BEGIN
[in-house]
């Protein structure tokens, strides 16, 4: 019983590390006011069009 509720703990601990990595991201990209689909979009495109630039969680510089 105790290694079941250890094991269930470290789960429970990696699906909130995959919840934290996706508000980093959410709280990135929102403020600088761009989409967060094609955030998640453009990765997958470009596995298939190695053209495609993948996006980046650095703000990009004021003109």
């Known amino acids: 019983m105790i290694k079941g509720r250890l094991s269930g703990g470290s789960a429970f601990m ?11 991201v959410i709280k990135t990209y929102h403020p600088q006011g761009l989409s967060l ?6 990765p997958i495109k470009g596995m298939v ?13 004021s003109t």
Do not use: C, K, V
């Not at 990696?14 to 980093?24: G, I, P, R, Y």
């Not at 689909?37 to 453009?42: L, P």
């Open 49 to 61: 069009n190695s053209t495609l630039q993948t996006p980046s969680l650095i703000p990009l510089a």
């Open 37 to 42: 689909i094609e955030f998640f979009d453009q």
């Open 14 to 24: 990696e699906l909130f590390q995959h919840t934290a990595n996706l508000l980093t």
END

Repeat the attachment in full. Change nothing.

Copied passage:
[in-house]
């Protein structure tokens, strides 16, 4: 019983590390006011069009 509720703990601990990595991201990209689909979009495109630039969680510089 105790290694079941250890094991269930470290789960429970990696699906909130995959919840934290996706508000980093959410709280990135929102403020600088761009989409967060094609955030998640453009990765997958470009596995298939190695053209495609993948996006980046650095703000990009004021003109």
């Known amino acids: 019983m105790i290694k079941g509720r250890l094991s269930g703990g470290s789960a429970f601990m ?11 991201v959410i709280k990135t990209y929102h403020p600088q006011g761009l989409s967060l ?6 990765p997958i495109k470009g596995m298939v ?13 004021s003109t």
Do not use: C, K, V
């Not at 990696?14 to 980093?24: G, I, P, R, Y």
């Not at 689909?37 to 453009?42: L, P």
């Open 49 to 61: 069009n190695s053209t495609l630039q993948t996006p980046s969680l650095i703000p990009l510089a």
């Open 37 to 42: 689909i094609e955030f998640f979009d453009q």
């Open 14 to 24: 990696e699906l909130f590390q995959h919840t934290a990595n996706l508000l980093t």